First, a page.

Thursday, February 1, 2018
Rollins College Public Archaeology Student Assists HMS Florida with Post-Hurricane Site Assessments
NOTE: This blog post comes to us from Nicolette Valdes, a Rollins College student who conducted several HMS site assessments as part of her Public Archaeology class coursework last semester. This project grew out of efforts by Dr. Zack Gilmore, who created the first Public Archaeology course in the history of Rollins and immediately sought to find applicable, real-world projects for his students to partake in. Nicolette tackled her sites with real zeal, as we saw from her site updates, and discusses her experience below. More importantly, her work helped to document impacts to important archaeological sites in the Central Florida area. Great work!
|Blog author, Nicolette Valdes, documenting a site for HMS.|
Being a part of FPAN's Heritage Monitoring Scouts Florida program is an experience that many people could get in the state. The skills that I have learned have become something that I can use for the future and something that has become so personal for me. It has given me a greater passion for preserving historic sites and the need to learn more about Florida's people and history.
I am a student at Rollins College, majoring in Anthropology and Biology, and will be adding Classical studies to my major because of this project. I love archaeology because it connects us to our past history and it allows us to learn the culture and the importance civilizations in the past had. I found out about FPAN while taking an Archaeology course with Dr. Zack Gilmore called Public Archaeology. In this class we learned about how important public archaeology is and how sharing the knowledge and skills that are learned from archaeology is important. It gives the public a way to have deeper understandings with their surroundings and it allows them to learn why it is important to preserve historic sites and knowledge.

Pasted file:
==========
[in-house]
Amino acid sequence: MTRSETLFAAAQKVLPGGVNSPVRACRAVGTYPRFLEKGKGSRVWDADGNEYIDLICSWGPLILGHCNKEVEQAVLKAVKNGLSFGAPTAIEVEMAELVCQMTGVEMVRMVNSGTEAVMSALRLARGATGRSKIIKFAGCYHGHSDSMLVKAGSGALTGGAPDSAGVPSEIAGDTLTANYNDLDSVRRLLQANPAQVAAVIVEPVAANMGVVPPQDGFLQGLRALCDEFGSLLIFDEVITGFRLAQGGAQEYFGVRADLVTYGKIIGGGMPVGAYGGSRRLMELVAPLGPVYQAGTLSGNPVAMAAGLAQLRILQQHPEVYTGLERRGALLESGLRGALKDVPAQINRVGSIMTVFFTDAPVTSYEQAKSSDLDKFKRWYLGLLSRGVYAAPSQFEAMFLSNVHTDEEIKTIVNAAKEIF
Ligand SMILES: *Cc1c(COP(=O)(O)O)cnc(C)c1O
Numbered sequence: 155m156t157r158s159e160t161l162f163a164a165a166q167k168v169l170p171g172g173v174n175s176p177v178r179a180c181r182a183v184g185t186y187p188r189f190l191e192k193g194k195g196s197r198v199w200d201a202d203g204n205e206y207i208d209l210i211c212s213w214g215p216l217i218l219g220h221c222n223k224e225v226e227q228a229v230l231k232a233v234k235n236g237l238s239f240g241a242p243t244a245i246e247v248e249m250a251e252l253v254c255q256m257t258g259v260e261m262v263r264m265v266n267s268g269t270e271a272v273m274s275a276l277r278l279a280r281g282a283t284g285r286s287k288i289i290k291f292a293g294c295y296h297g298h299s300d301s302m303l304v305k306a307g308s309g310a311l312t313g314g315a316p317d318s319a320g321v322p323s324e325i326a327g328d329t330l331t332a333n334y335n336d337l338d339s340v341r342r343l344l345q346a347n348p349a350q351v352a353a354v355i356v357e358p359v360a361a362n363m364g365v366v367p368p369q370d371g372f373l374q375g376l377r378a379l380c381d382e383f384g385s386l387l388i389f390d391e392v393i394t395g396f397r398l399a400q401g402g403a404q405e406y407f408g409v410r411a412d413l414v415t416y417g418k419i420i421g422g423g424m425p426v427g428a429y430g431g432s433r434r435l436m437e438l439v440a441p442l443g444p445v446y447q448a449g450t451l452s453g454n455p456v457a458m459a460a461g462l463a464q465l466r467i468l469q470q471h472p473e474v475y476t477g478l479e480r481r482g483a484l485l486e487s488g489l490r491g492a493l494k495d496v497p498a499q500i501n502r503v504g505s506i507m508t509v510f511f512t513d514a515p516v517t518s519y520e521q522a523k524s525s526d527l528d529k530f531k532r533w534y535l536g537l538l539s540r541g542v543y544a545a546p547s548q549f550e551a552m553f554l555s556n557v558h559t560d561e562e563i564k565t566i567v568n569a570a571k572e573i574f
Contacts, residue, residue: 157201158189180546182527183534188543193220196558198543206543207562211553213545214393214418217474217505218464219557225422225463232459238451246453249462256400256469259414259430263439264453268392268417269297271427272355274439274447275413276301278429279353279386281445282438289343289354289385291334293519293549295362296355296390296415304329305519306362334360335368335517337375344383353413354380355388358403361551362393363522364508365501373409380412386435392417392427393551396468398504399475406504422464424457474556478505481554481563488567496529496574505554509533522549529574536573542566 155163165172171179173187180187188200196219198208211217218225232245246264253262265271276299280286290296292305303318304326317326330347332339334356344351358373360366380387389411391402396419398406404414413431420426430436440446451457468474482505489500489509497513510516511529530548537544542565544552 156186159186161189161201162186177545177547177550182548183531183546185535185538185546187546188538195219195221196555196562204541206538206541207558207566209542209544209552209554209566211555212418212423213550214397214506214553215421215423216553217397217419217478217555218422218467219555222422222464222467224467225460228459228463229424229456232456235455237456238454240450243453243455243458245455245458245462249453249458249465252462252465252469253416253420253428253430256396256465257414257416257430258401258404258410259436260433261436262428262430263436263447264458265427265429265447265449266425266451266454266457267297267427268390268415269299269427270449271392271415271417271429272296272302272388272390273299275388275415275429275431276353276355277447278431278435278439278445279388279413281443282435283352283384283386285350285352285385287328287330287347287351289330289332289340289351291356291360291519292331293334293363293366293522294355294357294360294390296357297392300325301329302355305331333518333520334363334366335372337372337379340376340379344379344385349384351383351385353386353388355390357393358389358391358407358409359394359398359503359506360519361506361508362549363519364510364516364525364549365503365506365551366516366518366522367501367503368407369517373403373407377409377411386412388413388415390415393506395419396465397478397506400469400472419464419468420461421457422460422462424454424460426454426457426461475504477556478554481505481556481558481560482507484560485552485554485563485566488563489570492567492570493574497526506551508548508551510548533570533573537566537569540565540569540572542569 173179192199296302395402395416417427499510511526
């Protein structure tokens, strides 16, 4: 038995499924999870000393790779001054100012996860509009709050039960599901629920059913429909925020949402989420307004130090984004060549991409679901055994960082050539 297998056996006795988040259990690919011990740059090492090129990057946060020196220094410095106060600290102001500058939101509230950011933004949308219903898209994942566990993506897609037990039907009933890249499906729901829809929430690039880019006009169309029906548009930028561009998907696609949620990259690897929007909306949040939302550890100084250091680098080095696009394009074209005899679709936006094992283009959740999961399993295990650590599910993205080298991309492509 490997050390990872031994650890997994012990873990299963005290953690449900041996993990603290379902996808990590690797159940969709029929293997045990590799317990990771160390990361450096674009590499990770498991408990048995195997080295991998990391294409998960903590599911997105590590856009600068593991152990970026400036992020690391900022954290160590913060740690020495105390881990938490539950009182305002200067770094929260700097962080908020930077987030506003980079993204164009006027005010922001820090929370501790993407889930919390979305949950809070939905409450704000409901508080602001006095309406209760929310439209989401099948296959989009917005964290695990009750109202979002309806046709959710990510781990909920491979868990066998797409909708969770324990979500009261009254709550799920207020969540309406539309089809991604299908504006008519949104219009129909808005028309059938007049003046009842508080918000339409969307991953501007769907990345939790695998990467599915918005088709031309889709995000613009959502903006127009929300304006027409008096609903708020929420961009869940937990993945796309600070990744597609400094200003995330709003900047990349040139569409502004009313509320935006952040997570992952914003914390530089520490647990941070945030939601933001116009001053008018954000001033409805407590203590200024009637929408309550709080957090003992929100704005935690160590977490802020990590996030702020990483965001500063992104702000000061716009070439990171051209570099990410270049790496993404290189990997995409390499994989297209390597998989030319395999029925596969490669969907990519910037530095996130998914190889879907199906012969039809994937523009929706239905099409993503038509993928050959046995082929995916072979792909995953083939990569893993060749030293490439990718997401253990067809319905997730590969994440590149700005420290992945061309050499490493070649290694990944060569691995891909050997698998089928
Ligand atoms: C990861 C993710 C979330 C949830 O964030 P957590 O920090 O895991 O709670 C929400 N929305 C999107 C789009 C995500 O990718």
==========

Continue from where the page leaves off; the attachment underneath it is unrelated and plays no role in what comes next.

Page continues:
|Hurricane Irma impacts on Fort Mellon Park, Sanford.|
In this class FPAN's Kevin Gidusko was a guest speaker talking about FPAN and what they do. In that discussion I was very interested in the HMS Florida program and was very curious in the differences that the sites experience due to age and weather. I was also interested in preserving not only the sites but to gain information that will help descendant communities. When I started to train with Mr.. Gidusko it was after Hurricane Irma and the site that we went to at Fort Mellon park went through some major flooding. It was shocking that a site could be so damaged by water that even the road was inaccessible. It made me want to set out and see what else happened and how could I record it.
I visited the Jolly Gator Fish Camp, Mead Garden, Fort Mellon Park,
Glen Haven Cemetery, Pinewood Cemetery, Palm Cemetery and St Richards Episcopal Memorial Garden Cemetery. But my personal favorite would be Mead Garden. At that site I checked on a pre-historic shell midden. The site was largely damaged due to Hurricane Irma. There was evidence of flooding and trees were knocked down. To help protect myself from snakes I carried around a branch that I found to poke at all of the leaves blocking the path. I felt like I was going on an adventure, like something you saw in movies. Walking over unstable bridges, broken boards, and going through the woods to find the treasure (without looting of course).
|Using and HMS pocket scale card to highlight possible material culture.|
I was not only amazed but this experience, but I felt that I have learned so much about Florida’s history, how to properly record sites to help preserve them, and how much I loved doing this project. I was fascinated by every little thing I saw. From seeing one-hundred-year-old headstones to seeing shell middens. This experience is something that made me want to continue to pursue this in the future and I have so much more knowledge to gain.
Text: Nicolette Valdes
Pics: Nicolette Valdes